Police Won't Use Satellites To Find Drugs

Police Won't Use Satellites To Find Drugs
Posted by CN Staff on March 02, 2003 at 07:33:25 PT
By Jim Bronskill, The Ottawa Citizen 
Source: Ottawa Citizen 
Canadian police are no longer high on the idea of using space satellites to detect illicit marijuana fields. Following a trial of the experimental method in British Columbia, the RCMP and other law enforcement officials have yet to be persuaded the advanced tools can easily expose illegal marijuana production.The technique has proved to be of limited use in Canada because marijuana crops are often disguised among legitimate fields. In addition, increasingly large amounts of the plant are being cultivated indoors.
"In Canada, the problem that we've encountered is the mixture of cannabis in with traditional crops such as fields of corn and things of that nature," said Paul Kennedy, senior assistant deputy solicitor general. "Satellite imagery is not going to really help you."In early March 2000, the RCMP's drug enforcement branch in B.C. began discussions with Radarsat International of Richmond, B.C., about using the technology to zero in on crops under a cannabis eradication program known as Operation Sabot.The national police force had relied on sometimes spotty intelligence to guide aircraft supplied by the Defence Department to ferret out marijuana crops. In 1999, an eight-day eradication mission cost the RCMP about $19,000, excluding fees for use of the aircraft.Under the experimental approach, officials tried using high-resolution satellite imagery, together with other data and special geographic mapping techniques, to identify probable crop sites at an early stage.In August 2000, the project team acquired images of four sites in the southern interior of B.C. -- Seymour Arm, Slocan Valley, Upper Kettle and Christina Lake -- using the Ikonos high-resolution satellite, equipped with state-of-the art sensors capable of capturing pictures that reveal objects as small as four metres in diameter.However, in viewing some of the images it was difficult to identify marijuana plants, which closely resembled surrounding wetland vegetation.The results, although inconclusive, showed promise. A report on the project said it was difficult to pin down the potential cost savings of using the method, but "it is very likely to reduce the amount of flight time required" to locate illicit crops.A follow-up study involving Radarsat and the Canadian Space Agency was completed last December.But it seems the RCMP and Solicitor General's Department aren't convinced the method is worth pursuing in heavily forested areas of Canada."We're still doing the traditional aerial surveillance with our helicopters based out of Vancouver and Victoria," said Cpl. Grant Learned, a B.C.-based RCMP spokesman. "But no one here is working on anything that deals with satellite imaging."Mr. Kennedy said the space-based method is more suited to the "large swaths of land" used to cultivate plants for cocaine and heroin production in countries like Bolivia and Colombia.Another key consideration is that a large portion of the approximately 800 tonnes of marijuana grown annually in Canada is cultivated indoors, escaping satellite detection.Police aircraft outfitted with special cameras have been used in Canada to detect indoor marijuana growing operations based on the heat emanating from a home. In January, the Ontario Court of Appeal ruled that police require a warrant to employ the technique since it amounts to conducting a search of a residence.Note: Advanced technique of limited use, as many marijuana crops hidden in legitimate fields or grown indoor.Source: Ottawa Citizen (CN ON)Author: Jim Bronskill, The Ottawa Citizen Published: Sunday, March 02, 2003Copyright: 2003 The Ottawa CitizenContact: letters thecitizen.southam.caWebsite: Related Articles:Plugging a Very Porous Northern Border in on Border Pot Smugglers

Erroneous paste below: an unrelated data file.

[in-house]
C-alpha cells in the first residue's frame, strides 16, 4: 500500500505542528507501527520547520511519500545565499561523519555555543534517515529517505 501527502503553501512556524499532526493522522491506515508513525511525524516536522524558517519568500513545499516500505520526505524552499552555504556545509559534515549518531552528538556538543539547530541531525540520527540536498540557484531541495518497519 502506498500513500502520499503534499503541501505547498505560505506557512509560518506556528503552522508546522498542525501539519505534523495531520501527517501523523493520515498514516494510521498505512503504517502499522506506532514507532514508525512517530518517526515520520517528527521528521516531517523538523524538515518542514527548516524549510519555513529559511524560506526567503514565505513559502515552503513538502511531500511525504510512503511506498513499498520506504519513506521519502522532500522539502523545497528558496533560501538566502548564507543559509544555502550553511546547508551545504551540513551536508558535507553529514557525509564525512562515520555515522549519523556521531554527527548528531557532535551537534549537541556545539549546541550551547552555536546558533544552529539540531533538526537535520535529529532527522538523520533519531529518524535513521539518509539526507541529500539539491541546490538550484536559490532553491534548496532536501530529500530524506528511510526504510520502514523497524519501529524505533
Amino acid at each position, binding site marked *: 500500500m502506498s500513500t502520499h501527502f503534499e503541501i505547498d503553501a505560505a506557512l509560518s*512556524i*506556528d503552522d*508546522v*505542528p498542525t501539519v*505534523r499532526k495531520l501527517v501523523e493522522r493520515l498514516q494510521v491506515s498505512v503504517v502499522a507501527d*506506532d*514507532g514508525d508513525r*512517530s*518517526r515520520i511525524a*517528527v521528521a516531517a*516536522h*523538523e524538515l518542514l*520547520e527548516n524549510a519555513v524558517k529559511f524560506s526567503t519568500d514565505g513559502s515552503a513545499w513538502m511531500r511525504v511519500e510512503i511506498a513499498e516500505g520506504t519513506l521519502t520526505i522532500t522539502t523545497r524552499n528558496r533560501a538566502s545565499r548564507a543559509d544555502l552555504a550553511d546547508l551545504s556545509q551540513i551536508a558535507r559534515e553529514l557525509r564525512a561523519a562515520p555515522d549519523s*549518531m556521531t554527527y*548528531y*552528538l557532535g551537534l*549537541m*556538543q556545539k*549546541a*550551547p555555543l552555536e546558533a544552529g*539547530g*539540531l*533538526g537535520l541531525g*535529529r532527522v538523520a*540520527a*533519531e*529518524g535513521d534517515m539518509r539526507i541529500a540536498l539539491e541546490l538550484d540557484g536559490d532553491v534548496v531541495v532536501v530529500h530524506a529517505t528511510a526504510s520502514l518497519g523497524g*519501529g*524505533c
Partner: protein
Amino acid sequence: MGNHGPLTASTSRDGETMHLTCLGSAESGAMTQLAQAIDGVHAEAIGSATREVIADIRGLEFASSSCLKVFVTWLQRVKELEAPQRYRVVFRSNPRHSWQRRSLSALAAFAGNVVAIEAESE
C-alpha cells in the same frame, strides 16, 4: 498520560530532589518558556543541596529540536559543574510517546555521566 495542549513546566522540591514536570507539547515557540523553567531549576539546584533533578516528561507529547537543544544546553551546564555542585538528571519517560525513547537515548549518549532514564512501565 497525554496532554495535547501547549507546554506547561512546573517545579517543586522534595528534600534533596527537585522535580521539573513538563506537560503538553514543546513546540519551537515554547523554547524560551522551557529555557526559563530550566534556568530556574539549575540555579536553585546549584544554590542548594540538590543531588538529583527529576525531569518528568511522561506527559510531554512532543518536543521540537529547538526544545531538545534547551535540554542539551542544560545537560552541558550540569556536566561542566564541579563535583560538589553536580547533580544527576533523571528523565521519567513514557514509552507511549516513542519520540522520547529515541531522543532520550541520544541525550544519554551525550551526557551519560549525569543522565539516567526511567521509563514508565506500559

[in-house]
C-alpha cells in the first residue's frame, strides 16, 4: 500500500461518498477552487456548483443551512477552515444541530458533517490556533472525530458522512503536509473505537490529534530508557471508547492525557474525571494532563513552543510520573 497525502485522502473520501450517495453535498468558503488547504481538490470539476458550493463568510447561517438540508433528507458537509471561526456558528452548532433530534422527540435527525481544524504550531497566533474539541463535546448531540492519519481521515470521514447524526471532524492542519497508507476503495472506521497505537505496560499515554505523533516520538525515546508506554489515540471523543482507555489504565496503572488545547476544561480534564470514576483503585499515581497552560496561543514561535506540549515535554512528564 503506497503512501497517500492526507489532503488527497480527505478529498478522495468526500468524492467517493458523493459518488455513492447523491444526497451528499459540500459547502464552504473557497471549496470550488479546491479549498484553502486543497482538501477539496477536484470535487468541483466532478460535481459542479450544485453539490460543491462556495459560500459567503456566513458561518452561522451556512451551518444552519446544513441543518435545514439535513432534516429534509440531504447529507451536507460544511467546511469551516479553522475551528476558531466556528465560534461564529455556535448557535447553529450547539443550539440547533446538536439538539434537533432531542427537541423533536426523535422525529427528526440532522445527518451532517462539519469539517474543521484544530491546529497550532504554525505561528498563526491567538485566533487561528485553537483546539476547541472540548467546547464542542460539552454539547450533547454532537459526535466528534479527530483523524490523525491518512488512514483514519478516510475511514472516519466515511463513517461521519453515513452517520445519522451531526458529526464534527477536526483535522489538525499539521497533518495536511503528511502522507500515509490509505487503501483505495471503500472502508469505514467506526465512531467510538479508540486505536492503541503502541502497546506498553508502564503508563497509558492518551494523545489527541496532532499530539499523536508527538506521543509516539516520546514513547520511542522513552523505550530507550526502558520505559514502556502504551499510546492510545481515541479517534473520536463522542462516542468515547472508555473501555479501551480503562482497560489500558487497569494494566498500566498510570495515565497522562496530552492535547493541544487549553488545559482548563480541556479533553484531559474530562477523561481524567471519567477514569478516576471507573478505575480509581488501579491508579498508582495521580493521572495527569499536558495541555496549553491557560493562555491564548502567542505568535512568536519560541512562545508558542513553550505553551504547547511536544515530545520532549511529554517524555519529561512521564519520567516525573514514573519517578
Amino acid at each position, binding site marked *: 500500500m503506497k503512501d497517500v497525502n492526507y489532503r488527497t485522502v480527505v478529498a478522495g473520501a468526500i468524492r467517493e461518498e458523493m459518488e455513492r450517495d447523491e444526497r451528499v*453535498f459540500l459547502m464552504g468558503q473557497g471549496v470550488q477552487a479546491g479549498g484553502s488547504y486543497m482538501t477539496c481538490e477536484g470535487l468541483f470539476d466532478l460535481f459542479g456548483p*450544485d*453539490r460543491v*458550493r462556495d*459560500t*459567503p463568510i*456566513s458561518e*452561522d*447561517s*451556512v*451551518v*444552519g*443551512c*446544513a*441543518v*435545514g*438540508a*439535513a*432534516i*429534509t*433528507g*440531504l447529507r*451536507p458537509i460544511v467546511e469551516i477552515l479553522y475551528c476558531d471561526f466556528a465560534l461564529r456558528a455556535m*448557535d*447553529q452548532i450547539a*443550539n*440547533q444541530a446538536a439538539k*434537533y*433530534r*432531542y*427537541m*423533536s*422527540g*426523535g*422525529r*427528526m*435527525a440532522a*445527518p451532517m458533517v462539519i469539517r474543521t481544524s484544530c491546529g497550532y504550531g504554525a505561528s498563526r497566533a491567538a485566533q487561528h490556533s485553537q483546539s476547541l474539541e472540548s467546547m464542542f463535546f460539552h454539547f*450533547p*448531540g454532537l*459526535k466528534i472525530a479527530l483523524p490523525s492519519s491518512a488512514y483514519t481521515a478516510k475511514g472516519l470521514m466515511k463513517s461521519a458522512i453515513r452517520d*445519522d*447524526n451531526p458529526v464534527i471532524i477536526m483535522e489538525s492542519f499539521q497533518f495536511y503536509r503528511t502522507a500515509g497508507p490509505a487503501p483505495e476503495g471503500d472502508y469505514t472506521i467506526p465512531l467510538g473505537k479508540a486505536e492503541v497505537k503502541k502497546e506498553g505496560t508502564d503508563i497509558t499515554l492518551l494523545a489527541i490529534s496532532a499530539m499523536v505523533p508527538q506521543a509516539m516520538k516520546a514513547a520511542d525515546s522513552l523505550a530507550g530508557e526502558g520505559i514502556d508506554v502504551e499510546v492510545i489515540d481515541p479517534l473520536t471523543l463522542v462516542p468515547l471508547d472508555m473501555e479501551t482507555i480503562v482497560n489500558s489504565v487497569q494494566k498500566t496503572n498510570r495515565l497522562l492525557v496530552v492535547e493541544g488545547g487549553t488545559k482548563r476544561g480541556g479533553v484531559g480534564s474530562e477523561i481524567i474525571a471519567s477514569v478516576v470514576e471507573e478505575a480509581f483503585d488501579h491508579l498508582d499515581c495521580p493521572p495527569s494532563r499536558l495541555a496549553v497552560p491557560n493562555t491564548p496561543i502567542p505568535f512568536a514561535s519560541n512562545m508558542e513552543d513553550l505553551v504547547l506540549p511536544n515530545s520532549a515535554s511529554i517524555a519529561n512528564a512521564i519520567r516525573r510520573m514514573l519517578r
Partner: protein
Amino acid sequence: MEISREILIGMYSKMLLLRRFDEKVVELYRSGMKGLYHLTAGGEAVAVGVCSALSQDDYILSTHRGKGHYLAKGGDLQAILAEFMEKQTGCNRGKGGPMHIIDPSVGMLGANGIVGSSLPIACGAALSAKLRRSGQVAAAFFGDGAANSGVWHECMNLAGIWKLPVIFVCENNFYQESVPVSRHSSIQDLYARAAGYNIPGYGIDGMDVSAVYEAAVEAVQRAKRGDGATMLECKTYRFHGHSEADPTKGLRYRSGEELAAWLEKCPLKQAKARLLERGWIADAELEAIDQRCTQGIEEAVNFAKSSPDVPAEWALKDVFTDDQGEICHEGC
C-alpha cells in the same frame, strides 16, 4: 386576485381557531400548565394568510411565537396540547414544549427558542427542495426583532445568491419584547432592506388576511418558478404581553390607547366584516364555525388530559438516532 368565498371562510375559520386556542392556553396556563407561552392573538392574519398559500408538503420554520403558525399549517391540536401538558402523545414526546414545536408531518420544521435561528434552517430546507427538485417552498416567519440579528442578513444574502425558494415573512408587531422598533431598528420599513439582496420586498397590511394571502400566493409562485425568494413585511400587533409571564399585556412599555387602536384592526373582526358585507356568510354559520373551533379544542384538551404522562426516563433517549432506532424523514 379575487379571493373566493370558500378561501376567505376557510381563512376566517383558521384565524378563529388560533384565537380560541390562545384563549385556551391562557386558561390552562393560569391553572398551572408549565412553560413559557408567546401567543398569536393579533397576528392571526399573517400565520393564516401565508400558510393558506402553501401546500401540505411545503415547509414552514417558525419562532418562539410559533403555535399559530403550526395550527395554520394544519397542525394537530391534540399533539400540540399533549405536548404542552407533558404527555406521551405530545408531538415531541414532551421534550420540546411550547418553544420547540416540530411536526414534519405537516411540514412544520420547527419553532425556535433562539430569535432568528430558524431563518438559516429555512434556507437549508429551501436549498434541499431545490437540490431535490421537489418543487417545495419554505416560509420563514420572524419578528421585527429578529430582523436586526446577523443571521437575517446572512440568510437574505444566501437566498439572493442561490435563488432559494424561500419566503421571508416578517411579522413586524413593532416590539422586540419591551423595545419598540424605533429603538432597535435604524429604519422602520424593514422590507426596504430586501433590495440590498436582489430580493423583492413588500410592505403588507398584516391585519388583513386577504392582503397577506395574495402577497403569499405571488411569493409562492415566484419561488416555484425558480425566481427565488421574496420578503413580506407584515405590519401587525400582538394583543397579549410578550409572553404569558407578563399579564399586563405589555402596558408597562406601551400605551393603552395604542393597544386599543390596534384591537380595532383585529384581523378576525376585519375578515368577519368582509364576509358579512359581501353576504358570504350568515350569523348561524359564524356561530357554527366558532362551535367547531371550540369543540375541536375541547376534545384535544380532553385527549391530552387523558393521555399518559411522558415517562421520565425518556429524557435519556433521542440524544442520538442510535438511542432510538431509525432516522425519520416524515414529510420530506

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Comment #1 posted by Big Trees on March 04, 2003 at 19:44:03 PT
Where does it stop?
The man is always watching if they can watch your crop from space how long before they can watch YOU from space?
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